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Hirschprung Disease
Joseph Junewick, MD FACR
over 9 years ago
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Petrous Apex Cephalocele

Case Detail

Anatomy: Brain-Spine
Joseph Junewick, MD FACR
Diagnostic Category: Developmental or Congenital
Created: over 2 years ago
Updated: over 2 years ago
Tags: PEDS
Modality/Study Types: MR CT FL
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3 year old female with hearing loss

Case Images


Petrous Apex Cephalocele

Clinical Notes

Historiy of Dandy-Walker spectrum and compensated hydrocephalus.


MR – Symmetric fluid collections in Meckel’s caves surrounding trigeminal nerve fibers; no restricted diffusion or abnormal enhancement. Note partial empty sella and stigmata of Dandy-Walker spectrum (vermian hypoplasia, enlarged retrocerebellar fluid collection and ventriculomegaly).


Sometimes referred to as a meningocele or an arachnoid cyst, petrous apex cephaloceles are rare lesions that originate in Meckel’s cave and erode into the petrous apex of the temporal bone. Petrous apex cephaloceles can be easily differentiated from other apex lesions in that they originate from the ipsilateral Meckel’s cave. There are instances of both congenital and acquired petrous apex cephaloceles; congenital are idiopathic and acquired are probably related to increased intracranial pressure transmitted or herniation of arachnoid mater through a patent porus trigeminus; occasionally associated with Usher syndrome. Additionally, these lesions can be asymptomatic or symptomatic. Patients may experience headache, neuralgia, palsy of the cranial nerves, or cerebrospinal fluid otorrhea. In instances of symptomatic petrous apex cephaloceles, surgical intervention (filling the cavity with fat or muscle) may be considered. Differential diagnoses include cholesterol granuloma, mucocele, inflammatory cysts, cholesteatoma, and petrous apex effusion.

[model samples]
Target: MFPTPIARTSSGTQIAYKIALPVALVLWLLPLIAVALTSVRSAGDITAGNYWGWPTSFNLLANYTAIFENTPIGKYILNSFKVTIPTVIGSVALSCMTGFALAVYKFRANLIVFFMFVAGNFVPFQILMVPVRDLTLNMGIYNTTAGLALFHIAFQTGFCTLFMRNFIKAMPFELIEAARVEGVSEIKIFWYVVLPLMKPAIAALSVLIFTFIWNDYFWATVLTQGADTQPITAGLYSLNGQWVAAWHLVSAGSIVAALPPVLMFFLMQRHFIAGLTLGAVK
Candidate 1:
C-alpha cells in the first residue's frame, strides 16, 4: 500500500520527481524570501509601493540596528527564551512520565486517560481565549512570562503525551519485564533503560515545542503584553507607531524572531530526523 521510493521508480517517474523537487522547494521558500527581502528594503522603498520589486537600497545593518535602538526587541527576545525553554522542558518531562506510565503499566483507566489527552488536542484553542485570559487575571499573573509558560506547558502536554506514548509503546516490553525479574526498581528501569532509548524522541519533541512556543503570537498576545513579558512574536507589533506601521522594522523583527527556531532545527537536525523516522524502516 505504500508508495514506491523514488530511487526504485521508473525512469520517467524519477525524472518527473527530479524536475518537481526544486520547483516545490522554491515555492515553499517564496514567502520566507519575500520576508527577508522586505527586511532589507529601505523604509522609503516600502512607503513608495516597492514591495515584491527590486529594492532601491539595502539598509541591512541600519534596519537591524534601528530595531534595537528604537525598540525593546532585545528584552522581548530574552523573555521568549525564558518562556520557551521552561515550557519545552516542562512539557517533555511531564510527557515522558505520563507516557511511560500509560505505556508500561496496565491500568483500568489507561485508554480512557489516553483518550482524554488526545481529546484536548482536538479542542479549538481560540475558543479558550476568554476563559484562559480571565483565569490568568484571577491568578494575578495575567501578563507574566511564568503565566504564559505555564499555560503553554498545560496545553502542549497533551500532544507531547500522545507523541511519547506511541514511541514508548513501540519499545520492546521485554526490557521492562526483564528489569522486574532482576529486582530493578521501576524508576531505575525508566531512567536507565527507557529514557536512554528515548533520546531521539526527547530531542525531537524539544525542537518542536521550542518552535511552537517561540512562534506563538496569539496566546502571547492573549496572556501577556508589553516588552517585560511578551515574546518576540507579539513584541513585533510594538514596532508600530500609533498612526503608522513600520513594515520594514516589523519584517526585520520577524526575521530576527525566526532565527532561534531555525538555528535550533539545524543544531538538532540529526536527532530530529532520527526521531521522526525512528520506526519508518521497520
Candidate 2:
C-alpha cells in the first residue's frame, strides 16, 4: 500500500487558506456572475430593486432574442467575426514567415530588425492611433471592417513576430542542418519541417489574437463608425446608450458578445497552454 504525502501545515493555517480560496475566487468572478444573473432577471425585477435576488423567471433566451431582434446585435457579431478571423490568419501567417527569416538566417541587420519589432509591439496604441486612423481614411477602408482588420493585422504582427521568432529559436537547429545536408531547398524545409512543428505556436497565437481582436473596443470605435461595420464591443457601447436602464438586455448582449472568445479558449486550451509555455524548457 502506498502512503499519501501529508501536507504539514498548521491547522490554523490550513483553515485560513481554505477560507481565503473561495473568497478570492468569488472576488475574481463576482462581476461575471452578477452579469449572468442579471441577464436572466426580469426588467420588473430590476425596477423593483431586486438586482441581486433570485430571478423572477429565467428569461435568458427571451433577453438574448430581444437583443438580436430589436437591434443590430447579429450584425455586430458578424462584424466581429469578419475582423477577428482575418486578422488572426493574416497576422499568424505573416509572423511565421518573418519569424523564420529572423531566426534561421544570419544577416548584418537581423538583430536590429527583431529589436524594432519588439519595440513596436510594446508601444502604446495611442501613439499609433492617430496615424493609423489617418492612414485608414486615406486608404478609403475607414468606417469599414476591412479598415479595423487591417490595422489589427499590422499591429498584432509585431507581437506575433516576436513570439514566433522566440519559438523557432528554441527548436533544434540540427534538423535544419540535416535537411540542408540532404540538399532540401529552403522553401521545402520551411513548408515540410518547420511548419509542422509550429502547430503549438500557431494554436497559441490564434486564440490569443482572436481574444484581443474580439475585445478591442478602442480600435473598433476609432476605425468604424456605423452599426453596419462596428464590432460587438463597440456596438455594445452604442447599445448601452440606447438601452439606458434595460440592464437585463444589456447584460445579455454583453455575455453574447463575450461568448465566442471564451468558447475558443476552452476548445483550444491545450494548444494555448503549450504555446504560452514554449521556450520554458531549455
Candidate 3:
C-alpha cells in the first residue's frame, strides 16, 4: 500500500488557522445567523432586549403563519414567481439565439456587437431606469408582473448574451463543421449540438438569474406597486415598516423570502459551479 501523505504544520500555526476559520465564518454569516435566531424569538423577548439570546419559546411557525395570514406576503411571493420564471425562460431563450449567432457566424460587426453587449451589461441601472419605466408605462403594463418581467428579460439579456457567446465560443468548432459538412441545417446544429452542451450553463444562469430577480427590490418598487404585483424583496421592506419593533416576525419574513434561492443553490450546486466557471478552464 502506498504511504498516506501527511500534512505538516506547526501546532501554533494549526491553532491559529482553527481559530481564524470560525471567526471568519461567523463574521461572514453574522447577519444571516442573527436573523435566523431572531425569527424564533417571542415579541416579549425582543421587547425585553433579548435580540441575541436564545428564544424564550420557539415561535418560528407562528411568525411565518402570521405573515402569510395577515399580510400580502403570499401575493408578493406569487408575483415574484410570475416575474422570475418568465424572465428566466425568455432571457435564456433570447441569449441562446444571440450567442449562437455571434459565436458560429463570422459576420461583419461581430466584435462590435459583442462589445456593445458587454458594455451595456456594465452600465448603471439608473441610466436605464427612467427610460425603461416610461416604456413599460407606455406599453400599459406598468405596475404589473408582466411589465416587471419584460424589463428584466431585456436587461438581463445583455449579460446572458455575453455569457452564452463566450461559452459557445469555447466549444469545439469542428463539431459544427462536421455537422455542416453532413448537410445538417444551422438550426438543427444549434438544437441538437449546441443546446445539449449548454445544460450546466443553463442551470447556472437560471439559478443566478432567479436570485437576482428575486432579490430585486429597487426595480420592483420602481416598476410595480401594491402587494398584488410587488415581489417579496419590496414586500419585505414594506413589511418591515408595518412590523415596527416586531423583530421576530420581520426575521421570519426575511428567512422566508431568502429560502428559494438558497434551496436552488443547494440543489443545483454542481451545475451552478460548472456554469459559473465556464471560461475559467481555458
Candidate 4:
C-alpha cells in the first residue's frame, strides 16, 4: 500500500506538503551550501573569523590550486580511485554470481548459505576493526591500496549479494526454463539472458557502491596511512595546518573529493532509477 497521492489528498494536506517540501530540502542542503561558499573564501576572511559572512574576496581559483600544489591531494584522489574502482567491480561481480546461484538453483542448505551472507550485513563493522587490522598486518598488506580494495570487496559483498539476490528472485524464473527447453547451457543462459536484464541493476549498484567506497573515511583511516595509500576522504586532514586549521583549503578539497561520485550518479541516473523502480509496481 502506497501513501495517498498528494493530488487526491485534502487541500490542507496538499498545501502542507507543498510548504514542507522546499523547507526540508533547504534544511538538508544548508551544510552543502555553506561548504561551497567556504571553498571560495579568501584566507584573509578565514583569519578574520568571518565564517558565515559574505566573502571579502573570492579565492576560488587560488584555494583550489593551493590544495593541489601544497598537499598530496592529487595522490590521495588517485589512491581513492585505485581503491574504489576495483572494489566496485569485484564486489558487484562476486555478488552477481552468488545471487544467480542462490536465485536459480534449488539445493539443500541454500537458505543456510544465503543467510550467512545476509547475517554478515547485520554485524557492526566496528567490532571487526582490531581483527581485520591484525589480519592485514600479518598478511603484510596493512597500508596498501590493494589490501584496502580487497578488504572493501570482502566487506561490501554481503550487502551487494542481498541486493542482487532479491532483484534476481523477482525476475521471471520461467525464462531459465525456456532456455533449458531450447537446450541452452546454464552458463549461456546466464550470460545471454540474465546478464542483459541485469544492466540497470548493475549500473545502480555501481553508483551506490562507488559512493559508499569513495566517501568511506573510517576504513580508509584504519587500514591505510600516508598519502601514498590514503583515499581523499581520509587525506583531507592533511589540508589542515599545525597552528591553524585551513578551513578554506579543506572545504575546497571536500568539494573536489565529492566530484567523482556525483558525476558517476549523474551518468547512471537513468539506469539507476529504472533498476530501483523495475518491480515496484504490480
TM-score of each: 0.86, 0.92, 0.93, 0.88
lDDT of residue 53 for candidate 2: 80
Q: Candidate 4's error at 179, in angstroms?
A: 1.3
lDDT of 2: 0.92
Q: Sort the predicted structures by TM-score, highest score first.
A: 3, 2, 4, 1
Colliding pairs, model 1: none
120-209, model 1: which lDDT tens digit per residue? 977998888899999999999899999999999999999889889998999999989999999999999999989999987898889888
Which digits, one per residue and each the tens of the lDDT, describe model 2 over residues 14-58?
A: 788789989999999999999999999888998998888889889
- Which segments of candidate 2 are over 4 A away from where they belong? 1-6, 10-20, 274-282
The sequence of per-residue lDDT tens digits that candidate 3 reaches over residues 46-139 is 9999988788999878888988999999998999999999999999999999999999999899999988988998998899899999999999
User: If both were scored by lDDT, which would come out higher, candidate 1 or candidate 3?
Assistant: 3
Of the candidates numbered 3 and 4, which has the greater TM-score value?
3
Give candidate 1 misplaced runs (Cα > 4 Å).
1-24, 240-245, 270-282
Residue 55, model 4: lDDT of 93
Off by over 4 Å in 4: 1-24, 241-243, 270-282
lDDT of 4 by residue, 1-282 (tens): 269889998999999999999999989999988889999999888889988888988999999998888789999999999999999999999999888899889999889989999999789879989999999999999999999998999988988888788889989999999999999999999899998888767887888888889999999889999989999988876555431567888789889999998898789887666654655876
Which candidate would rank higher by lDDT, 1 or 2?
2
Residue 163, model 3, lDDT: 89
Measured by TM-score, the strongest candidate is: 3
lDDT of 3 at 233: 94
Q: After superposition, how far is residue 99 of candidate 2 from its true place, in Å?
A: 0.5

Moore KR, Fischbein, NJ, Harnsberger HR, Shelton C, Glastonbury CM, White DK, & Dillon WP. 2001. American Journal of Neuroradiology. 22(10): 1867-1871.


Abigail Rossman

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